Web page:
humiliation. Humiliation describes a strong feeling of embarrassment or mortification — like that time in sixth grade when your mother wiped your face and called you “honey bunny” in front of all your friends. Humiliation comes from the Latin word humiliare, which means “to humble.”
Am I the only one that finds it interesting how humble could evolve into the exact opposite?
A person in possession of humility recognizes their place in the world, does not overstate their existence, displays a modicum of reverence for those around and is prone to acceptance. This person, ideally, would be a total failure if he lowered himself to the point in which he deliberately embarrassed another person. It’s an almost perfect metaphor for the decline of modern society. The only flaw is that most people don’t display humility. A significant amount of people, much to my chagrin, are actually capable of great cruelty.
I was inspired to delve into this moral distinction by a post from a dear friend who is grappling with some powerful emotions, brought on by a handicapped parking spot and the chaos that ensued. https://wordpress.com/read/feeds/73254859/posts/1731630483
She was brought into a discussion in which a person with a Handicap placard on their car was confronted by an angry note on her car. You don’t look sick, save a space for someone who needs it (or something to that effect). This brought out so many questions for her. It is a big issue for her, she has an invisible illness, a handicap placard, and a high likelihood that it will happen to her someday.
Why can’t people mind their business?
Is it ok for a 9 yr old to verbally defend the parent?
Do people even understand invisible illness?
Why do people feel compelled to lash out?
Is it acceptable to respond emotionally, with possible profanity?
And perhaps most important…how would a genuinely good person handle it?
What impressed me about this post is that, of all of the important issues brought to the surface, her biggest concern was that she, if in this situation would react the right way. What is the moral high ground here? I have some thoughts on this.
If someone were to leave such a note on my car, I would be frustrated at the anonymous, passive-aggressive nature of it. If someone were to call me out personally as I stepped out of my car, in my nice reserved parking space, having the balls to walk “normally” I may have a different reaction. I would like to think that I would gracefully respond along the lines of “I don’t have to have an IV bag to have this spot”. But I may also respond with a firm “mind your own fucking business”. One is more acceptable than the other but the second one is not wrong, it’s just not productive.
The bottom line is that it’s not your journey, it’s the attackers. You can’t think for them, you can’t make them think at all and you can’t control their own lack of control when they speak. I go back to my original question, how does humility evolve into humiliation? It doesn’t. Humble people, who make up a small but significant portion of the population wouldn’t attack an easy target. Most people are not prone to humility, but instead are quick to speak while slow to think; ignorant, as in uneducated, about invisible illness; and too free to offer up unwanted opinions. Their ability to humiliate another is truly alarming. This is only a microcosm of society in general.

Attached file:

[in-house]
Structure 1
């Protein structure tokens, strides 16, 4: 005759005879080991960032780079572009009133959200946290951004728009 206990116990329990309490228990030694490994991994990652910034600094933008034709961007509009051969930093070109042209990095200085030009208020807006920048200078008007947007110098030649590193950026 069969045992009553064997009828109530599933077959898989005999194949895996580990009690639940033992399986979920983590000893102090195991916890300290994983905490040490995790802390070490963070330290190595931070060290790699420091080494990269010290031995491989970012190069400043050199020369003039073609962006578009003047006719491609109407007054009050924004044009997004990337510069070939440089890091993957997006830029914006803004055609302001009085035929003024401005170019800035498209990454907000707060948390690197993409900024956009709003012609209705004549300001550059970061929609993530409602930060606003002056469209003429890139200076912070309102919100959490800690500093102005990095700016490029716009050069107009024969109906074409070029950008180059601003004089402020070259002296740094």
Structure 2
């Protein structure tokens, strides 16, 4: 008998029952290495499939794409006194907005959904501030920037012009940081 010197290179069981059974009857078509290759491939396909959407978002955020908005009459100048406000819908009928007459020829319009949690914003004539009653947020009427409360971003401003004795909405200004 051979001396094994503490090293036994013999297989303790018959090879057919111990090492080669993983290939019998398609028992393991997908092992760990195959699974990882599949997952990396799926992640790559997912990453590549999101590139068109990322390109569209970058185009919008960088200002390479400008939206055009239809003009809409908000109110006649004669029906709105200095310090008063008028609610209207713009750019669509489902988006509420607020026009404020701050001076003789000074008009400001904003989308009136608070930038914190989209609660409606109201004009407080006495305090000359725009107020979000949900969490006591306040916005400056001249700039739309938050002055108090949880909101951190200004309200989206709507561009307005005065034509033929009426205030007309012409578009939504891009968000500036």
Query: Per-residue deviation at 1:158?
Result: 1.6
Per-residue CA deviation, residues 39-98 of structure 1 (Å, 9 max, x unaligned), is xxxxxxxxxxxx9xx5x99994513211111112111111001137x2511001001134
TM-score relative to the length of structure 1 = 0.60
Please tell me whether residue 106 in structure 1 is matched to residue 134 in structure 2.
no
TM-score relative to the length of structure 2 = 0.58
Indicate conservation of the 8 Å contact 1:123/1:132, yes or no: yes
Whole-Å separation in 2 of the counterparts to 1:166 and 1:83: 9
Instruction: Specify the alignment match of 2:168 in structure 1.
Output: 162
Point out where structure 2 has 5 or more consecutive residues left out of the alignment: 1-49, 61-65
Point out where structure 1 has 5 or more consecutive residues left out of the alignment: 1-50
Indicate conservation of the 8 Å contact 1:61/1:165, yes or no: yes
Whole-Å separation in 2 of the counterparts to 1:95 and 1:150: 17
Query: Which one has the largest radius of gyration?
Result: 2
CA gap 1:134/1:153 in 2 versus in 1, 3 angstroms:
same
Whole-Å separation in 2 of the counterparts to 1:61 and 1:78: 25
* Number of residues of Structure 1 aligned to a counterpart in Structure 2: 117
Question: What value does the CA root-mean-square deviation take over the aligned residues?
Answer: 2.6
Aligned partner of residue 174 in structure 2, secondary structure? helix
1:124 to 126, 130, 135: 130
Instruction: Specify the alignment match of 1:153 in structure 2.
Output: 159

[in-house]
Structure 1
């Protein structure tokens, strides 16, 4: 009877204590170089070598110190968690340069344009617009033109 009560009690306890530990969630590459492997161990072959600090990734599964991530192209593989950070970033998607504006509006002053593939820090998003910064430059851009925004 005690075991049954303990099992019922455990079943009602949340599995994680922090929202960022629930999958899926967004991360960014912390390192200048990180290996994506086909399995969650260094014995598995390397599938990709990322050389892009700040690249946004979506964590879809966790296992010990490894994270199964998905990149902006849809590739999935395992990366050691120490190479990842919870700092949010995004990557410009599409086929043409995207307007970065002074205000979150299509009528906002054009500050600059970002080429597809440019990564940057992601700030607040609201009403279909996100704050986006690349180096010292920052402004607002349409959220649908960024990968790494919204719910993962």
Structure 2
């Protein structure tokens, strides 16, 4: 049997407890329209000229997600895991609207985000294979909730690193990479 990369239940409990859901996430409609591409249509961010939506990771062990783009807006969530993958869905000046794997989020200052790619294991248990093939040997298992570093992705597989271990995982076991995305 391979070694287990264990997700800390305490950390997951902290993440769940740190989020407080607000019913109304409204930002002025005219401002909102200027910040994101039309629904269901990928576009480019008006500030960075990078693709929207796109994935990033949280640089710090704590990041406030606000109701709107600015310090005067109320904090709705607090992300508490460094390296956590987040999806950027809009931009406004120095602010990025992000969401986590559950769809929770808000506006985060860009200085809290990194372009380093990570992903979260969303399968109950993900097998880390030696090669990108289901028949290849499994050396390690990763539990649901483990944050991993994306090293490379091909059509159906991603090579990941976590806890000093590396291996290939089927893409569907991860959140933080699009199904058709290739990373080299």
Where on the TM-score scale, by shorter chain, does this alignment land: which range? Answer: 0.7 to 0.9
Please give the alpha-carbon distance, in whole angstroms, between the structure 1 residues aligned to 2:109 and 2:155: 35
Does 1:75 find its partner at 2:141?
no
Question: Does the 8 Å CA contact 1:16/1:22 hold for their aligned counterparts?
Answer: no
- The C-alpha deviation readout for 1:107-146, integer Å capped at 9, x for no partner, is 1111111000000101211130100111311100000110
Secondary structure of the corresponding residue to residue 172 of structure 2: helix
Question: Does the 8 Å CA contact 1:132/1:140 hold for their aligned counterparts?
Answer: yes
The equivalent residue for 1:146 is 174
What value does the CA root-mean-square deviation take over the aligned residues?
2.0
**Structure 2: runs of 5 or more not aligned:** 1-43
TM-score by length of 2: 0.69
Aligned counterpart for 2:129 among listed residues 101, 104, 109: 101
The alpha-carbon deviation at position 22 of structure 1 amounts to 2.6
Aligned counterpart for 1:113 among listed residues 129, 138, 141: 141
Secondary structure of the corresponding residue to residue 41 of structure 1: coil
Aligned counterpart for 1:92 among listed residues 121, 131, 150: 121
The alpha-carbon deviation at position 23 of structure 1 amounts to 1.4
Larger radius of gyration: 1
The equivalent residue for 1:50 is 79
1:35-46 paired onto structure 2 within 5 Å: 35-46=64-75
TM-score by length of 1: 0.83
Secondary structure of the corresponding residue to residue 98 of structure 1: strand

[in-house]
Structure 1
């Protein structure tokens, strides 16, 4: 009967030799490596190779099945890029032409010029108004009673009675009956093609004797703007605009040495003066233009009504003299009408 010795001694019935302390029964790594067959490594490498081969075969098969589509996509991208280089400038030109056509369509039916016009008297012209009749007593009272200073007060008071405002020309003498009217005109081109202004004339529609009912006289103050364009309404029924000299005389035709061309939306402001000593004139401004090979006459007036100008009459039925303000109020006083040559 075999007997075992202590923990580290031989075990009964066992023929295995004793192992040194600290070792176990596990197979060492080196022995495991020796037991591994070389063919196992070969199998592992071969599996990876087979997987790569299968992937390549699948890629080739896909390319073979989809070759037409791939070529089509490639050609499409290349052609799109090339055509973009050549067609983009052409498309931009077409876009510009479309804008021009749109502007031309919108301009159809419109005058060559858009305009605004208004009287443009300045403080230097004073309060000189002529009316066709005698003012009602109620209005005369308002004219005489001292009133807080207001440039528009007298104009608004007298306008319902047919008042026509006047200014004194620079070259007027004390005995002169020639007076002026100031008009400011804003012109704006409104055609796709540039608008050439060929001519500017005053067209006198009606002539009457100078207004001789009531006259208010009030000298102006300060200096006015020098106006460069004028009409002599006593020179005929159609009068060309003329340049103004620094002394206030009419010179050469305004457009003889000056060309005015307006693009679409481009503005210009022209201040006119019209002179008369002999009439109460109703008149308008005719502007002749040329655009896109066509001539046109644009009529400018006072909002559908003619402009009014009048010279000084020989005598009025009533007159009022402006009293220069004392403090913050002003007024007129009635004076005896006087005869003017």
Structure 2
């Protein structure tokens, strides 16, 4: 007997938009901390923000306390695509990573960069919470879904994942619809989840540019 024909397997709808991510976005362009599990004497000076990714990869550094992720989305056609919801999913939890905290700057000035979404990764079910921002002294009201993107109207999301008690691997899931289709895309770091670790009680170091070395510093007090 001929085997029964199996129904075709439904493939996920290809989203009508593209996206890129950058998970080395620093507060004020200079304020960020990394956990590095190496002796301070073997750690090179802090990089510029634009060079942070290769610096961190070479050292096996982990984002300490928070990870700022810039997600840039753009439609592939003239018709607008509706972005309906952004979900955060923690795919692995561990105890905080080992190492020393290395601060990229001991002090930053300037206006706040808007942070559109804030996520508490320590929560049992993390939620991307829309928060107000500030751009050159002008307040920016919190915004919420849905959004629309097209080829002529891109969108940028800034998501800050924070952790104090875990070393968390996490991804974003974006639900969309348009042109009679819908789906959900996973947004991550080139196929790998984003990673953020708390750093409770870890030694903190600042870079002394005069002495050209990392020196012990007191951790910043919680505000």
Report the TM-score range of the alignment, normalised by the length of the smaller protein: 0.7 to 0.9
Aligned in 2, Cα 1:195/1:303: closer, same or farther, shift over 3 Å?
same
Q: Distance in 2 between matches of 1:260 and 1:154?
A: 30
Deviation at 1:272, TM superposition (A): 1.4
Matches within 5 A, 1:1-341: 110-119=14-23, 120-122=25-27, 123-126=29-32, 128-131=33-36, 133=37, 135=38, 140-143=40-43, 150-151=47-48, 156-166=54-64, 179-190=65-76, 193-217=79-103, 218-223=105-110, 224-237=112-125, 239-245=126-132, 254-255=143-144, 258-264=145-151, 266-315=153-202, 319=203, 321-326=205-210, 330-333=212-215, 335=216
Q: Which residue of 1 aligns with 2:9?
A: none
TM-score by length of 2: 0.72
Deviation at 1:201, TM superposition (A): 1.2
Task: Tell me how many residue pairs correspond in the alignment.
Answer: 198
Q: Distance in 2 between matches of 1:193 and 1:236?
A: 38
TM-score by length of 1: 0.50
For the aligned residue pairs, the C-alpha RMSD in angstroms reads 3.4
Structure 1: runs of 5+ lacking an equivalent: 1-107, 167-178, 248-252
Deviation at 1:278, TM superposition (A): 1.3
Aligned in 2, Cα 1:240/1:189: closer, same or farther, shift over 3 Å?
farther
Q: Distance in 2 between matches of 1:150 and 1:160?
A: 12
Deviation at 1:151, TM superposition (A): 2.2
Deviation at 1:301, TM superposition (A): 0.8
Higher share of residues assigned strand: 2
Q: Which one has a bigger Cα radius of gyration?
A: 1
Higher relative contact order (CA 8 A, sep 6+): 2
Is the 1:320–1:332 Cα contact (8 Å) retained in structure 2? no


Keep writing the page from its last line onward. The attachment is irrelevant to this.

I told my friend much of what I have said here. That there are no easy answers, that in the end, it is up to other people to learn how to interact with the rest of the world. We can’t change the behavior but we can control how we react to them. I don’t think I helped her much. After all, she knew the answer. Telling someone off isn’t going to do anything to stop the problem. Not saying anything is like swallowing a bitter pill. What do you do?
My father always said of fighting “If you punch an asshole in the mouth, you may feel better but he’s still an asshole”. That is an unfortunate reality. To walk away is harder, especially when you have been victimized and marginalized. A strong person can do it but could not be faulted for lashing out. It doesn’t feel good no matter how you handle it.
So we go back to the other person’s journey. What makes people offer up unsolicited, hurtful opinions? A lack of empathy? A lack of knowledge? Poor upbringing?
D) All of the above.
People are mean, looking for a way to make themselves feel better about themselves, finding their voice by silencing another’s. The only way to change this is to be better. My friend started and ended with that. As a good person, she sought the means to deal with a bad person. Therein lies the answer. Slowly, one person at a time, answer bad with the good, negative with positive and eventually you will enact real change.
If we heed “be kind, for everyone you find is fighting a hard journey”, and follow Gandhi’s “Be the change you want to see in the world” we will see change. I don’t know how many generations it will take but it will happen.